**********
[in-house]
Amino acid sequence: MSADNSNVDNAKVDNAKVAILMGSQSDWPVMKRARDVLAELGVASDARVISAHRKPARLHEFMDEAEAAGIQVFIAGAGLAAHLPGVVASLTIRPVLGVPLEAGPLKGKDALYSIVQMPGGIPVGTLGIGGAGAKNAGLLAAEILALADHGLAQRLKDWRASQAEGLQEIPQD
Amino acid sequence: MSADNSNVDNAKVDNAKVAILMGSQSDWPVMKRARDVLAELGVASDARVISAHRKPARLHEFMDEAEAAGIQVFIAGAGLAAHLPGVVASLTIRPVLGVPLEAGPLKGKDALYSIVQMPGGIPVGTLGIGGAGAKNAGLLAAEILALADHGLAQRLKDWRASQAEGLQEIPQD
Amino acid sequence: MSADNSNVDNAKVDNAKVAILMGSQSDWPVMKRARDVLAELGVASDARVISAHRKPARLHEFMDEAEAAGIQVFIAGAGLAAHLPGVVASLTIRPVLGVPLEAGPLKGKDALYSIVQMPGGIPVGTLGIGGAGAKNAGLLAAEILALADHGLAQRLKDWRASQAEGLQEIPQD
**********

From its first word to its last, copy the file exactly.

[in-house]
Amino acid sequence: MSADNSNVDNAKVDNAKVAILMGSQSDWPVMKRARDVLAELGVASDARVISAHRKPARLHEFMDEAEAAGIQVFIAGAGLAAHLPGVVASLTIRPVLGVPLEAGPLKGKDALYSIVQMPGGIPVGTLGIGGAGAKNAGLLAAEILALADHGLAQRLKDWRASQAEGLQEIPQD
Amino acid sequence: MSADNSNVDNAKVDNAKVAILMGSQSDWPVMKRARDVLAELGVASDARVISAHRKPARLHEFMDEAEAAGIQVFIAGAGLAAHLPGVVASLTIRPVLGVPLEAGPLKGKDALYSIVQMPGGIPVGTLGIGGAGAKNAGLLAAEILALADHGLAQRLKDWRASQAEGLQEIPQD
Amino acid sequence: MSADNSNVDNAKVDNAKVAILMGSQSDWPVMKRARDVLAELGVASDARVISAHRKPARLHEFMDEAEAAGIQVFIAGAGLAAHLPGVVASLTIRPVLGVPLEAGPLKGKDALYSIVQMPGGIPVGTLGIGGAGAKNAGLLAAEILALADHGLAQRLKDWRASQAEGLQEIPQD